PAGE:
Background: The use of various forms of complementary and alternative medicine (CAM) has become widespread. We investigated this use in Madison, Wisconsin.
Methods: We conducted semistructured indepth interviews focused on the knowledge, attitudes, and behaviors of a random sample of 17 patients who had used both CAM and conventional therapies during the past year. Participants were recruited using telephone listings. Twenty alternative practitioners were selected to represent the major modalities. The topics discussed included healing philosophy, choices of therapeutic methods, and ideas concerning concurrent use of differing therapeutic modalities. An 8-member multidisciplinary team analyzed the transcripts individually and in group meetings.
Results: Four major themes emerged from the interview data: (1) holism, (2) empowerment, (3) access, and (4) legitimization. Both patients and providers distinguished between the socially legitimized and widely accessible but disempowering and mechanistic attributes of conventional medicine and the holistic and empowering but relatively less accessible and less legitimate nature of alternative healing. There was a strong call for integrating the best aspects of both.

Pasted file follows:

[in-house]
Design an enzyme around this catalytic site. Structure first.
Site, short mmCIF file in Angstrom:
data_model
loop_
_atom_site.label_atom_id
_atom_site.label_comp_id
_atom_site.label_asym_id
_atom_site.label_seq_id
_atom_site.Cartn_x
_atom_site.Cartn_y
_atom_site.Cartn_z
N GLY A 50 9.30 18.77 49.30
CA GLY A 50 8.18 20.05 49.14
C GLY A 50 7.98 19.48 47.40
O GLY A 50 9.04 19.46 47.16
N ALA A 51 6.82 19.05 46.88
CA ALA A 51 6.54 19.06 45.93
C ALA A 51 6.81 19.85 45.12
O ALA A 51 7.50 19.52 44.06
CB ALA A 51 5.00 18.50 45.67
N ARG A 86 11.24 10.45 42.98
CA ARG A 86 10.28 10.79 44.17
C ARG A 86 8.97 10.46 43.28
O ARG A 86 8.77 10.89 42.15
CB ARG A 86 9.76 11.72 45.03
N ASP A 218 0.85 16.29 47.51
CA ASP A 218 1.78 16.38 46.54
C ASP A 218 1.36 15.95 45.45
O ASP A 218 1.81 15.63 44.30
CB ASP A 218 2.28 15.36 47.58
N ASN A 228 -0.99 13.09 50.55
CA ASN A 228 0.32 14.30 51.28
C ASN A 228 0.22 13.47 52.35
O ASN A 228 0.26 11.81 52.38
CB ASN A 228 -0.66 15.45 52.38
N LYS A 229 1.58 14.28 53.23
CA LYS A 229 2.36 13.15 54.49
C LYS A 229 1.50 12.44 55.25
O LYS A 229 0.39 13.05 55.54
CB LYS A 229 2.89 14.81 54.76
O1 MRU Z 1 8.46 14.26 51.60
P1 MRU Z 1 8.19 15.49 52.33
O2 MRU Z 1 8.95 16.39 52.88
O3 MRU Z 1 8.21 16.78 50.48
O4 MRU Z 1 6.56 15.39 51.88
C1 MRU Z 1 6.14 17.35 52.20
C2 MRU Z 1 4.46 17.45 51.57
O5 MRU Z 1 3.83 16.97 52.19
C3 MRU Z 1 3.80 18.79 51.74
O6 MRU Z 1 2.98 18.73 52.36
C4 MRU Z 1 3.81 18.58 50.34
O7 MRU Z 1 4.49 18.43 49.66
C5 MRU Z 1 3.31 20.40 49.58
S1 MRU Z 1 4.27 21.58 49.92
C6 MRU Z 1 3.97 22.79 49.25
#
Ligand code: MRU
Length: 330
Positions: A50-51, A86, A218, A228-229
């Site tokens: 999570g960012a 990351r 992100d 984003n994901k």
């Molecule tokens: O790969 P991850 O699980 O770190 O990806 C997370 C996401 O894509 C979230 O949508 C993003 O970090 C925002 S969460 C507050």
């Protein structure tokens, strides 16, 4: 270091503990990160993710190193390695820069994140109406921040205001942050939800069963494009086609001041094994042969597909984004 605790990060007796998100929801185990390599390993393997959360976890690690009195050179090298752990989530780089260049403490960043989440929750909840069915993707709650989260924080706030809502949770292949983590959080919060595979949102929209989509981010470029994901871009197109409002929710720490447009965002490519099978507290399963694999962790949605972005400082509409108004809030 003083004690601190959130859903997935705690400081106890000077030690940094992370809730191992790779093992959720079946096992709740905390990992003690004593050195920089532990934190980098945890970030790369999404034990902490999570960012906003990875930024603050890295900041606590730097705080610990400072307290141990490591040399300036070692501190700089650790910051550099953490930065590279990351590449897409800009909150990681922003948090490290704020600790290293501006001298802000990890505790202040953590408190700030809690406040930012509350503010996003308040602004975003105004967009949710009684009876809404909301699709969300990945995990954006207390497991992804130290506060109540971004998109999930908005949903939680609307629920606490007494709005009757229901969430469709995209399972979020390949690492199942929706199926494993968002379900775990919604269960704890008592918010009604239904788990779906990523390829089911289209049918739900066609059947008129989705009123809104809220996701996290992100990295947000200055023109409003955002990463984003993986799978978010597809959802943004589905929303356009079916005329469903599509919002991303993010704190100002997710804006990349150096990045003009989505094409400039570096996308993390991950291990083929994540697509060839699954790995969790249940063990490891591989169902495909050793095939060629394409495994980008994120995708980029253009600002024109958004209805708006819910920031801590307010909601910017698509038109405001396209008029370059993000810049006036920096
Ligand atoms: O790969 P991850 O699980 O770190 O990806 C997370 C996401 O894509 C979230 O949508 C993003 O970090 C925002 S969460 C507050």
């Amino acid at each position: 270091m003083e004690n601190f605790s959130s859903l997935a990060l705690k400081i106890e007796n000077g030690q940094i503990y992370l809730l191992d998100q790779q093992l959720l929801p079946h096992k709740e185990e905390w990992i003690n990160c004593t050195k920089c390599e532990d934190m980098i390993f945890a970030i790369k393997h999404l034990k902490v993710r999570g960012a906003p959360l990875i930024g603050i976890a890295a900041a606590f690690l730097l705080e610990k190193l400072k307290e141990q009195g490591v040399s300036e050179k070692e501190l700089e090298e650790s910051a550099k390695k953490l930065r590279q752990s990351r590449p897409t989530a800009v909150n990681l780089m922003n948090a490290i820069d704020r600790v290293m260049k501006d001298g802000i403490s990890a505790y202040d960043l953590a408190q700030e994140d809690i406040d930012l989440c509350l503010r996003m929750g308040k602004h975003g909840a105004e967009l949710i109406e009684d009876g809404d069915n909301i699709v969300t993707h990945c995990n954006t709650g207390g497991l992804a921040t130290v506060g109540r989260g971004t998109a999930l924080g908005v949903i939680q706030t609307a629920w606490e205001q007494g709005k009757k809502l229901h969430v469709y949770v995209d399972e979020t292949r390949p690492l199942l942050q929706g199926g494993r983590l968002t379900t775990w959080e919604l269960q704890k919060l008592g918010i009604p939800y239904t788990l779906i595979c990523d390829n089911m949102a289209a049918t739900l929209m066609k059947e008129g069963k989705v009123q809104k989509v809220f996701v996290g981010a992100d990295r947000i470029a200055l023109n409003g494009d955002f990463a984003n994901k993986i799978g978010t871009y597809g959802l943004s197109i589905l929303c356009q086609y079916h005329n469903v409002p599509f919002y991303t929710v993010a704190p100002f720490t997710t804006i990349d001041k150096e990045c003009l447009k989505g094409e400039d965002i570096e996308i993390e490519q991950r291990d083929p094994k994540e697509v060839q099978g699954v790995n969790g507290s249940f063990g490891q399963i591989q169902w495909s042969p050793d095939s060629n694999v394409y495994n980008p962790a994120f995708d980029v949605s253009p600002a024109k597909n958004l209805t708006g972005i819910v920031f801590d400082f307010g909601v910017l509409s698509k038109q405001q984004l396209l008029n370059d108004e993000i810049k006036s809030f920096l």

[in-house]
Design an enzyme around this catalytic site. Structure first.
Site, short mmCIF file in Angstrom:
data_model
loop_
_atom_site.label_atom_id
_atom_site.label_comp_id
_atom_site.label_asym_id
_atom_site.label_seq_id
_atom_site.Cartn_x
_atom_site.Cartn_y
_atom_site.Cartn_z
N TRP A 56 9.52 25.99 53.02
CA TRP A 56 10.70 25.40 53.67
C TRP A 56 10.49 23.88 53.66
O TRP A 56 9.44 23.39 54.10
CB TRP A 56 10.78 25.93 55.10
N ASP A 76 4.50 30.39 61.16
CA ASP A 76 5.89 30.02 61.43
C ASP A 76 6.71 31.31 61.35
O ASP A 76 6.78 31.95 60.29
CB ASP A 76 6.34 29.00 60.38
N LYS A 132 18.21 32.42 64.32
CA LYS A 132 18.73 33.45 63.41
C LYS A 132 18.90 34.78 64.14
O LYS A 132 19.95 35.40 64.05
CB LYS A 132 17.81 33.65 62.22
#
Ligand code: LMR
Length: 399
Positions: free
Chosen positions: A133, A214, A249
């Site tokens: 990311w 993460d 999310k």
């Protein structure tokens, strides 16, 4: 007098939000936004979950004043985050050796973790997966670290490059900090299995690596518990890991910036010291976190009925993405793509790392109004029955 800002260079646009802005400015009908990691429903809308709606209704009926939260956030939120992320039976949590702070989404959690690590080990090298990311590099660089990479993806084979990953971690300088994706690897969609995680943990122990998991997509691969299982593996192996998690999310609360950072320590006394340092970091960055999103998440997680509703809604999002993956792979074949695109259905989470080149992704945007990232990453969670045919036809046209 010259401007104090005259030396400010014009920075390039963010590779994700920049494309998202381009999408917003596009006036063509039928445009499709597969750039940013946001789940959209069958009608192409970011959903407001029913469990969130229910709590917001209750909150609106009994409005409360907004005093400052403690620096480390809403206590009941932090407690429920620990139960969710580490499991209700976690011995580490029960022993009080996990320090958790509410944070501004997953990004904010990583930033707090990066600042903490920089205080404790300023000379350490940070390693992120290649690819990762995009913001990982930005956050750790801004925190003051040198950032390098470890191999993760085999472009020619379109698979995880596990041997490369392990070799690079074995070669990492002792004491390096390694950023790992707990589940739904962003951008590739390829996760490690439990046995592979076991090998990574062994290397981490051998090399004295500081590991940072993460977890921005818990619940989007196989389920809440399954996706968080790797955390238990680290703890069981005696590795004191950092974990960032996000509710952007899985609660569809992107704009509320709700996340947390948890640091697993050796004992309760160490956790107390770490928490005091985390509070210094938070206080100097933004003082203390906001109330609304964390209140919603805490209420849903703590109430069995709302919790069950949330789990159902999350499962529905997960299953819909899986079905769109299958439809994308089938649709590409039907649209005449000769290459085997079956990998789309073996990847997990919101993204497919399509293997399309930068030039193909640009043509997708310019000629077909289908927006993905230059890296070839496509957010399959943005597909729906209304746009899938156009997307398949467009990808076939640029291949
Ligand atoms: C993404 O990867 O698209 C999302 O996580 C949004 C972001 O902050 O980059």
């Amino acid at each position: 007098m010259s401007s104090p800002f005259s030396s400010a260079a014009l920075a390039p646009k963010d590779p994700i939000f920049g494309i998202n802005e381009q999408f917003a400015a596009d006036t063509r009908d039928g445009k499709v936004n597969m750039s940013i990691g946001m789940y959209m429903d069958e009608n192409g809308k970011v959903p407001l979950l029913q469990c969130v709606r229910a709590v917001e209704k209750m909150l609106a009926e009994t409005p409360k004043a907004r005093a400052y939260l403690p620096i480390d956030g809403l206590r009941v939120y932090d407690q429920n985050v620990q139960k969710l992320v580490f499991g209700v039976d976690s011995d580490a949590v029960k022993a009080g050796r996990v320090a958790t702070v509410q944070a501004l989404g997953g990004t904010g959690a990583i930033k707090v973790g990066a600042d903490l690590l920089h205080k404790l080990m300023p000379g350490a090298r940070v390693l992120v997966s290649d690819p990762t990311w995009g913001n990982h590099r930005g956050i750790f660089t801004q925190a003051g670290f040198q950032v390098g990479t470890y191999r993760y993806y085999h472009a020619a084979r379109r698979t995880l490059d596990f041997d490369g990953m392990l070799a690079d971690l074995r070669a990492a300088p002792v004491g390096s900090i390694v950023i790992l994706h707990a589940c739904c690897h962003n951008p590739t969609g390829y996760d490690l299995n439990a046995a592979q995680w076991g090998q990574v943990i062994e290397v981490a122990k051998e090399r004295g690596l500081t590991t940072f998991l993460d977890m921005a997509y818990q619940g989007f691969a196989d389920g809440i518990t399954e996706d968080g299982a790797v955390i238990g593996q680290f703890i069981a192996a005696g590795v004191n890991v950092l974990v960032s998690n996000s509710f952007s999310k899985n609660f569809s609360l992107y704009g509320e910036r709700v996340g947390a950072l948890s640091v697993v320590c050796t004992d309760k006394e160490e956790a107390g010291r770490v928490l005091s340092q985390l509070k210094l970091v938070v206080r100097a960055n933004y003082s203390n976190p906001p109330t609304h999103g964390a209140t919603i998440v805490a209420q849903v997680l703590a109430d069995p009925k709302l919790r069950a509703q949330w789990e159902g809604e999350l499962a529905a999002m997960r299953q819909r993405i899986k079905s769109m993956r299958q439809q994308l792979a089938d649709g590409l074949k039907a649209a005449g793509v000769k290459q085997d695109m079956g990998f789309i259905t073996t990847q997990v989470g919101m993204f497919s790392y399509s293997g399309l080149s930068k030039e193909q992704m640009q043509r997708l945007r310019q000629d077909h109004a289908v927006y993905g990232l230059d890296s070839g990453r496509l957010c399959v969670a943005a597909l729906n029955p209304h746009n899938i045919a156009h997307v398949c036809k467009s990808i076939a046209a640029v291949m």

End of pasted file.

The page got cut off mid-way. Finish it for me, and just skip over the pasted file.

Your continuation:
Conclusions: Practitioners and users of alternative therapies in the Madison area confirmed both the alternative and complementary natures of unconventional health care, called for more integrated and accessible health care, and provided insights that could be useful in bridging the gap between conventional and alternative medicine.